So, God clearly took on our identity, but how do we take on his? God the Father worked out all the details before he sent his Son. “For those God foreknew he also predestined to be conformed to the image of his Son, that he might be the firstborn among many brothers and sisters” (Rom. 8:29). Once we accept Jesus’ sacrifice for our sin, making him our Savior and Lord, God begins the process of conforming us to Jesus’ image, who in turn is the image of God (Col.1:15). That is, we take on Jesus’ identity so he might be the firstborn among many siblings. The word translated “firstborn” is very similar in spelling and meaning to our English word “prototype.” A prototype is an original which serves as a model for others, so Jesus is the standard, the pattern to which the rest of us are compared.
We’re to become like the Lord Jesus, or “clothe” ourselves with him (Rom. 13:14). This means we’re to get into or dress ourselves with Jesus’ identity and nature, as if we were putting on a garment. The symbolic act of exchanging garments as an expression of sharing identities was an excellent analogy for our literally exchanging identities with God.
In a very real and literal way, we take on God’s identity by becoming increasingly like his Son. “And we … are being transformed into his image with ever-increasing glory” (2 Cor. 3:18). This transformation changes our essential nature and transfigures us into Jesus’ image, the same point we saw in Romans 8:29, but here it describes a gradual and continuing process. We’re transformed with every-increasing glory, becoming more and more like him.
God predestined us to be conformed to Jesus’ nature and identity, and he does the work progressively. Our part in the process is to clothe ourselves consciously and intentionally by rejecting or taking off our old nature’s traits and putting on his. As we choose to engage in this process, God honors our choice by making the transformation happen. If we could do this ourselves, we wouldn’t need a Savior, but we don’t have what it takes. The reality is that God does it all when we embrace his process in faith.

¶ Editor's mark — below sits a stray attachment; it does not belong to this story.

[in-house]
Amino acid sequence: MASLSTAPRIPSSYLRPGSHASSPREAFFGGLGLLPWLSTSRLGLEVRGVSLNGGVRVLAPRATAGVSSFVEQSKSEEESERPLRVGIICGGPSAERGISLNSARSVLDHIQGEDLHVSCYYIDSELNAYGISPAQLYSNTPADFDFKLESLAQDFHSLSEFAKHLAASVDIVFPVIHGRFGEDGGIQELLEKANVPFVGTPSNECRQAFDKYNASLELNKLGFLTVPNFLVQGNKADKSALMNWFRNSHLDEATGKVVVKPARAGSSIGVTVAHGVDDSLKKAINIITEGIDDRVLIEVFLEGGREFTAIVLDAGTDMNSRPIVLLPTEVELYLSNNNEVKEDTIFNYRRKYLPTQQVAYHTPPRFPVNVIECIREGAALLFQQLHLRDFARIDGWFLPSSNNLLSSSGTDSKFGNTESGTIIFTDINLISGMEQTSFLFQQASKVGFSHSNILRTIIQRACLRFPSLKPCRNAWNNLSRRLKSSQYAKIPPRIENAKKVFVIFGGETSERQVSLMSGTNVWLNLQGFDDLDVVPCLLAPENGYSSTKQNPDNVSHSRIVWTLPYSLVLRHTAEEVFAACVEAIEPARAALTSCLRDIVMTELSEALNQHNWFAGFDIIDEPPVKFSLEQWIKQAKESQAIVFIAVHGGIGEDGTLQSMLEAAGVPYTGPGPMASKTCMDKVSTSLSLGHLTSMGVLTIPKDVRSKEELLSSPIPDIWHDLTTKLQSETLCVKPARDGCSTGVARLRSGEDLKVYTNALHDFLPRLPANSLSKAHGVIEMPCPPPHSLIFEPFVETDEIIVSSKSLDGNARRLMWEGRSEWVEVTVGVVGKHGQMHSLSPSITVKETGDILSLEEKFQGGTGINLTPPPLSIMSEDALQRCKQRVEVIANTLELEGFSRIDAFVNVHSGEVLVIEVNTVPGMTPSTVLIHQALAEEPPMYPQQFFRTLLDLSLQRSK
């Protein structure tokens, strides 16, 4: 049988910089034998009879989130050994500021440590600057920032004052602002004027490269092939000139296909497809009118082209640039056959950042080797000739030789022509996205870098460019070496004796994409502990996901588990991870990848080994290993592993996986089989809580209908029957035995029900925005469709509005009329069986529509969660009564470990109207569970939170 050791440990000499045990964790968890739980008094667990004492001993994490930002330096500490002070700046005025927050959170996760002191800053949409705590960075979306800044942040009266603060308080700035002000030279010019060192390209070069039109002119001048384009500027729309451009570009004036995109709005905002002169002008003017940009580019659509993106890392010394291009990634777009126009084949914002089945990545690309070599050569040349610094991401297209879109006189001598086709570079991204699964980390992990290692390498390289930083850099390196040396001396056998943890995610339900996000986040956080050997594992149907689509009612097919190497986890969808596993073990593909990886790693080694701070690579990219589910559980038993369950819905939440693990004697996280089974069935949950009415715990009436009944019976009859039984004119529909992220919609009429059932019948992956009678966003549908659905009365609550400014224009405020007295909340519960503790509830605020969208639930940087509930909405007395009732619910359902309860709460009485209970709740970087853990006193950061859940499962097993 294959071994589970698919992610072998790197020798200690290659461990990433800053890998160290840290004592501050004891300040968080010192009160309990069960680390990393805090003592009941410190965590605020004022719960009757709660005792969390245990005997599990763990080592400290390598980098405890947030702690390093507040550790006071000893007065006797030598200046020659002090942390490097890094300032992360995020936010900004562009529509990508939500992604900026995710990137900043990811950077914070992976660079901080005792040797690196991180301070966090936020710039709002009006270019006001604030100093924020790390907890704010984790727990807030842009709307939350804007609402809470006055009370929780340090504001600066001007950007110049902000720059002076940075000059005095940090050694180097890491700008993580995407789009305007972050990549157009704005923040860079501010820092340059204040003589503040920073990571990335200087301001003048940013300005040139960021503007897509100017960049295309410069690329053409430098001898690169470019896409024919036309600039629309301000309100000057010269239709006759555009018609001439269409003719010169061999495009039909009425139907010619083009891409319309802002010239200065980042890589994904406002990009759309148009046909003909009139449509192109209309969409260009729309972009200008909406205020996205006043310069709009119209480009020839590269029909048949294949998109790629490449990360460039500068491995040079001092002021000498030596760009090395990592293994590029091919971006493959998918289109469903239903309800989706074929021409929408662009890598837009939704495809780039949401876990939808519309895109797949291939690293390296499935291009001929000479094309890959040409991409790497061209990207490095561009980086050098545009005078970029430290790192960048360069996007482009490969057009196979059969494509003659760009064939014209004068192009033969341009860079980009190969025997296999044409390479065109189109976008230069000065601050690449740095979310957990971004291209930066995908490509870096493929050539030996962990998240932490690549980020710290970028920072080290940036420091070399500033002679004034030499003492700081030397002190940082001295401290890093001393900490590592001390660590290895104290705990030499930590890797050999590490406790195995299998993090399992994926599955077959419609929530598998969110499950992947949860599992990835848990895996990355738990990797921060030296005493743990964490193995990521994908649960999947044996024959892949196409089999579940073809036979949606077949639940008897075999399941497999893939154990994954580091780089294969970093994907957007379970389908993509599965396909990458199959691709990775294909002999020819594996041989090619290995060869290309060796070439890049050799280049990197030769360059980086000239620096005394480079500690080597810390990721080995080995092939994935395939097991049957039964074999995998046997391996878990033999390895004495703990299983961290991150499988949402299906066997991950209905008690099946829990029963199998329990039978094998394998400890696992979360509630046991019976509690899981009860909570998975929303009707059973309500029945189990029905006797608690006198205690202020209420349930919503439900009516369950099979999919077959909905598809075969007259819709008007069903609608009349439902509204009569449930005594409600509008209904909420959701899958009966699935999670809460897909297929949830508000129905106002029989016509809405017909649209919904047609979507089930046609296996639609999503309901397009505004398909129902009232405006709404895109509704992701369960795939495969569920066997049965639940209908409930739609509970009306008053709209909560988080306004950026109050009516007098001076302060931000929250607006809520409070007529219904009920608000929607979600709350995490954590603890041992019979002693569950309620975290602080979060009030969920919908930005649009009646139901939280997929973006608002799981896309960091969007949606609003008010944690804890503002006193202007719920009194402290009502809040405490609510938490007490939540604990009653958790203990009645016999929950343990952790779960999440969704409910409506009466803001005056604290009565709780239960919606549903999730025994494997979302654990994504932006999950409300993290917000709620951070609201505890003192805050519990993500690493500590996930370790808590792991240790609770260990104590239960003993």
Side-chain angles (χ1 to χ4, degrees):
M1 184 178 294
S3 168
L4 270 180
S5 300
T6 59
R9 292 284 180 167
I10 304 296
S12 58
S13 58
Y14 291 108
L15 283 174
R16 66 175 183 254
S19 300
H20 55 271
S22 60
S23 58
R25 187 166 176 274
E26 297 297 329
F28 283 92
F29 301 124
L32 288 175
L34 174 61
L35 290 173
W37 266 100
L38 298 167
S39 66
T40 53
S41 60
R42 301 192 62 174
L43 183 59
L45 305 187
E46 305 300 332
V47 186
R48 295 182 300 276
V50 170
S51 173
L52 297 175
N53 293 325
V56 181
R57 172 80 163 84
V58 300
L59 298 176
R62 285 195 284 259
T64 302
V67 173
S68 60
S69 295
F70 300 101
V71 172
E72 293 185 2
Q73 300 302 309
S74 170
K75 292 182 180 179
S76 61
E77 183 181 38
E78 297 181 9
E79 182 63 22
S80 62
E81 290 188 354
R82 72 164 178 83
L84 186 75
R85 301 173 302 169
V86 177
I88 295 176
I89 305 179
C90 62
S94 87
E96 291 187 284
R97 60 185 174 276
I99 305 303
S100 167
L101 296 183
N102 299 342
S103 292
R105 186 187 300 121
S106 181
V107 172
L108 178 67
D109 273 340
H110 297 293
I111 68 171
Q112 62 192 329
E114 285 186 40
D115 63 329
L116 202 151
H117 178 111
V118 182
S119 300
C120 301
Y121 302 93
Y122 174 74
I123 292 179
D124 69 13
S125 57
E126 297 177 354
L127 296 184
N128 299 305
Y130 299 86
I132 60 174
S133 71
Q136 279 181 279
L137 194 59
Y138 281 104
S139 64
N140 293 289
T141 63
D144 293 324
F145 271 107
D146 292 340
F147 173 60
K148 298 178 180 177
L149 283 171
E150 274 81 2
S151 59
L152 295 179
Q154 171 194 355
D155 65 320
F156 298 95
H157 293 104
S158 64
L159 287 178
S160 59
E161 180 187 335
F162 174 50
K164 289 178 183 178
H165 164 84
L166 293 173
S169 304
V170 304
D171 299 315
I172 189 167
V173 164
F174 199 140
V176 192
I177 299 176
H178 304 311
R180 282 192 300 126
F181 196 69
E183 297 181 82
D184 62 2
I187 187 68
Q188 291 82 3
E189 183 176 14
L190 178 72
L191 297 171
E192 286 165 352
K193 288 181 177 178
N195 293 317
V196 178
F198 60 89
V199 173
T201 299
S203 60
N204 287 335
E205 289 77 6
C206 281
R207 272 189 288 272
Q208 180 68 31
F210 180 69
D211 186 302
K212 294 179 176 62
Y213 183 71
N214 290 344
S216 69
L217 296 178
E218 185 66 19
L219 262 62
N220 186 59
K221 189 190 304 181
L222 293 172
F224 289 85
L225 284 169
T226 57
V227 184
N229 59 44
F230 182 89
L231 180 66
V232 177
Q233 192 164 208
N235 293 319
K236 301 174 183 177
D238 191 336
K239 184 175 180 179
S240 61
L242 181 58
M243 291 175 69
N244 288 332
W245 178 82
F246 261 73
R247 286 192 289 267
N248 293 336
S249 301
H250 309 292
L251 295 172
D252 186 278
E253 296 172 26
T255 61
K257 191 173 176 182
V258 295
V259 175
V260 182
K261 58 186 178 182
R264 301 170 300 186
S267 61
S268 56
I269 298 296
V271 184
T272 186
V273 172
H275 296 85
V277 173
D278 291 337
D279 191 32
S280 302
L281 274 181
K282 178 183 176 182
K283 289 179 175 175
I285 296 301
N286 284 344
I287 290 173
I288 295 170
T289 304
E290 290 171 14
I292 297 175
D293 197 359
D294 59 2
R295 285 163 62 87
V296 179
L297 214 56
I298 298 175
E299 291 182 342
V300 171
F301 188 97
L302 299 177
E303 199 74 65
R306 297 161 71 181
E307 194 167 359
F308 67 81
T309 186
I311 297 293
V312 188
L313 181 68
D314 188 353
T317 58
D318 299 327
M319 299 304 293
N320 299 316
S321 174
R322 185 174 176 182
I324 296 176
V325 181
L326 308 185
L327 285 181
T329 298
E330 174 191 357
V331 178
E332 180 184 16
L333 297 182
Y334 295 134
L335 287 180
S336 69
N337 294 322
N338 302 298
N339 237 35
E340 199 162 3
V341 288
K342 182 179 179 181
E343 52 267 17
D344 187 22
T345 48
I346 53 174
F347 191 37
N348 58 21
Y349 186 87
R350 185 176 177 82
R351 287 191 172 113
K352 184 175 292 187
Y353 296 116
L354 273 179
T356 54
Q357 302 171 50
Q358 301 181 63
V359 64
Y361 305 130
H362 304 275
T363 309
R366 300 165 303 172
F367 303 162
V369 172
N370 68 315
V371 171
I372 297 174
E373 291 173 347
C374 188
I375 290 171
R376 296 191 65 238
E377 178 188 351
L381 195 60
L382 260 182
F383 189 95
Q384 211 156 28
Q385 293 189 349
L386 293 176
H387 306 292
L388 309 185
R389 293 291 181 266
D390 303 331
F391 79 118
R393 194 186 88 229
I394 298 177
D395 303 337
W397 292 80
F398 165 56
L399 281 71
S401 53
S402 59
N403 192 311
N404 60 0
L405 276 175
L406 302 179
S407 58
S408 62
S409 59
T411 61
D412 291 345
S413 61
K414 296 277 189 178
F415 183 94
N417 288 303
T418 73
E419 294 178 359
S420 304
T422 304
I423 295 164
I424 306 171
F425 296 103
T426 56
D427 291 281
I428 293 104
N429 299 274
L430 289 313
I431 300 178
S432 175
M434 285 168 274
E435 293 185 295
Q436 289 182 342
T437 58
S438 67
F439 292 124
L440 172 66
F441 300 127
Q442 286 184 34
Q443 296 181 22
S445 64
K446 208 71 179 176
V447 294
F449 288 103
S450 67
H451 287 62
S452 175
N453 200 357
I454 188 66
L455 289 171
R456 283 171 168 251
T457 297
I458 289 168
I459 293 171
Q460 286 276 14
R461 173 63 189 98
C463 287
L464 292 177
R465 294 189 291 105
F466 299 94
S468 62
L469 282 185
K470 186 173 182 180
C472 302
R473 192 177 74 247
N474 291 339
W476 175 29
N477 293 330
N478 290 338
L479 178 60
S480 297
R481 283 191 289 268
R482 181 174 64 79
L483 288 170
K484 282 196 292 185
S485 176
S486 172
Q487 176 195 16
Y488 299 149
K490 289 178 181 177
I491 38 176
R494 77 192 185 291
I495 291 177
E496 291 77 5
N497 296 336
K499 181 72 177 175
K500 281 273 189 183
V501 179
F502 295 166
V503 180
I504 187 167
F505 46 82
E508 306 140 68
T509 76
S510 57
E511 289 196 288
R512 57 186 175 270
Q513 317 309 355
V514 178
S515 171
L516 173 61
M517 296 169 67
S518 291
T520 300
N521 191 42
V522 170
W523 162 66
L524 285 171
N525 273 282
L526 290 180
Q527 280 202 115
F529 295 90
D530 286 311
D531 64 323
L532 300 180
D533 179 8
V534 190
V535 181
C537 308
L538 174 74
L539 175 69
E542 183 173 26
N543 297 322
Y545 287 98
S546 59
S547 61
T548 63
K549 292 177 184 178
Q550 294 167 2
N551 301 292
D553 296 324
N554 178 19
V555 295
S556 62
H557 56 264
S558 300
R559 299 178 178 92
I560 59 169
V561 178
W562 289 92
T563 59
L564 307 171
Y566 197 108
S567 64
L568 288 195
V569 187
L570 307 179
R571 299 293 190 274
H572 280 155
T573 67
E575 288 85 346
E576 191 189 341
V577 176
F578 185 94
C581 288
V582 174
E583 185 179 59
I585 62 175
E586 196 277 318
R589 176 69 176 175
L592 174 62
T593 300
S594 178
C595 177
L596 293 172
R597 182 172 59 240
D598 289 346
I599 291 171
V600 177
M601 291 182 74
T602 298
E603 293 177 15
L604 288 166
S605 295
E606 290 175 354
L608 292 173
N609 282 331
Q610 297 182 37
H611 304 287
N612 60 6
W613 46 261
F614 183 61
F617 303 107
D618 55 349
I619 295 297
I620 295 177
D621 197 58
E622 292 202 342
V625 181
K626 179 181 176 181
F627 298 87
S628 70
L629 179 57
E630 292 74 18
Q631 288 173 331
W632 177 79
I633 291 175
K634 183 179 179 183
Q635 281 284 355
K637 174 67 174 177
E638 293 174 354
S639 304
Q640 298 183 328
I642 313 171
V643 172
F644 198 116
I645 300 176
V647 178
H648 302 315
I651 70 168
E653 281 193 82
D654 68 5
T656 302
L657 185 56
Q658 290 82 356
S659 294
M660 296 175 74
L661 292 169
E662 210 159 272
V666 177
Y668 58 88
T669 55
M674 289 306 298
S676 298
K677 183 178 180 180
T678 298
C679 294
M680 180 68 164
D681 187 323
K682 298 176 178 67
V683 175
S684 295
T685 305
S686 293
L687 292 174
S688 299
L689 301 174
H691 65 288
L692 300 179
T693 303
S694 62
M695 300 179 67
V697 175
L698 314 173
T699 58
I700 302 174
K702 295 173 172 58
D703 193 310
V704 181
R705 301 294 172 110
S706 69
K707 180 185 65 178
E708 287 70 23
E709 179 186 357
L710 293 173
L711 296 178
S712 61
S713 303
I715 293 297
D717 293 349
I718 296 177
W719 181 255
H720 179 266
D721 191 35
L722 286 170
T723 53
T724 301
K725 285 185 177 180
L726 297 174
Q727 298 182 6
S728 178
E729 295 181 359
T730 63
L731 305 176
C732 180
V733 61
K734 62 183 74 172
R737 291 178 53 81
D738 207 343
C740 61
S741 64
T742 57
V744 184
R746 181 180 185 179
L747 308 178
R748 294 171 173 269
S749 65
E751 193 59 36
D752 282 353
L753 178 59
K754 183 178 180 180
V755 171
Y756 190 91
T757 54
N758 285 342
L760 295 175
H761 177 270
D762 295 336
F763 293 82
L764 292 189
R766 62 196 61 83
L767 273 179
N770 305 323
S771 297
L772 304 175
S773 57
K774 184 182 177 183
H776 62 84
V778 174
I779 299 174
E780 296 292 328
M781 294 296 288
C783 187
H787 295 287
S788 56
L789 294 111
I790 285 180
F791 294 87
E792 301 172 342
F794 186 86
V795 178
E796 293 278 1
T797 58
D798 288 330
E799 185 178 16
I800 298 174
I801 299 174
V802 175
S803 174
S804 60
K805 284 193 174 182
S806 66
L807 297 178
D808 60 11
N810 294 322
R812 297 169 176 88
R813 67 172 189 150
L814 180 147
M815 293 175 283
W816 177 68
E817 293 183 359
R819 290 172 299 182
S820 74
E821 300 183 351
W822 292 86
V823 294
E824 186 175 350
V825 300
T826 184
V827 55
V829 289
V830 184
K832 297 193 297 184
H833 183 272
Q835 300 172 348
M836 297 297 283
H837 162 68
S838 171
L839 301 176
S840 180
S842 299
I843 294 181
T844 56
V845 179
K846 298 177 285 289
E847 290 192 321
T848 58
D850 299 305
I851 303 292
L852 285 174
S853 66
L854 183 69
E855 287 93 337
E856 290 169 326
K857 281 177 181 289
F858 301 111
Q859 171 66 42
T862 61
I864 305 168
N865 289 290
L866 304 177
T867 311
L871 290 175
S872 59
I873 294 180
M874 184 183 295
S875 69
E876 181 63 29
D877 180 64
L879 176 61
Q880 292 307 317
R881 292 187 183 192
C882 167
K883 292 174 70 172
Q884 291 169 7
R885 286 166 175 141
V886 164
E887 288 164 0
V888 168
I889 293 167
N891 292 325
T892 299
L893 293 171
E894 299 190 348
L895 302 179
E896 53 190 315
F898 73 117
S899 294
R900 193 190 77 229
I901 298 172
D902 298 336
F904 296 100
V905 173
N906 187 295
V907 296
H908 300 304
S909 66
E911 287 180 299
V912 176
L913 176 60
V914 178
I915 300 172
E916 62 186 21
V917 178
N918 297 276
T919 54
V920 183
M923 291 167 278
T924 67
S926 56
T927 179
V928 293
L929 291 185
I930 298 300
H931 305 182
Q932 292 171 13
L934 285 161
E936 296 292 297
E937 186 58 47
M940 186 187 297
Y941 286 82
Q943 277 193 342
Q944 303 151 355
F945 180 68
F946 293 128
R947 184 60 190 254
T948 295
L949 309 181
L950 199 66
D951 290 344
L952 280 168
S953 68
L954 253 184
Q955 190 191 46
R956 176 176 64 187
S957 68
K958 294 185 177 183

Why is it necessary for us to become like Jesus and, therefore, like God? Jesus said, “Anyone who has seen me has seen the Father” (John 14:9). Each of us represents aspects of God’s nature in our unique ways. Otherwise, how can people know anything about God’s nature? For example, if we’re angry or treat people disrespectfully, why would they believe us when we describe God as loving? The more we become like him, the more effectively we represent him in life.
Also, sinful human nature is incompatible with God’s kingdom and can’t engage in what he’s doing. As we become less like the world and more like him, the more effective we become in life and his kingdom. Becoming like Jesus isn’t optional, but necessary for covenant life and engaging in Father’s kingdom.
In the new covenant, God took on our identity and we become like him. Becoming like Jesus is vital to our covenant with God, not optional. As we become increasingly like him, we’re able to more fully participate in the new covenant and his kingdom.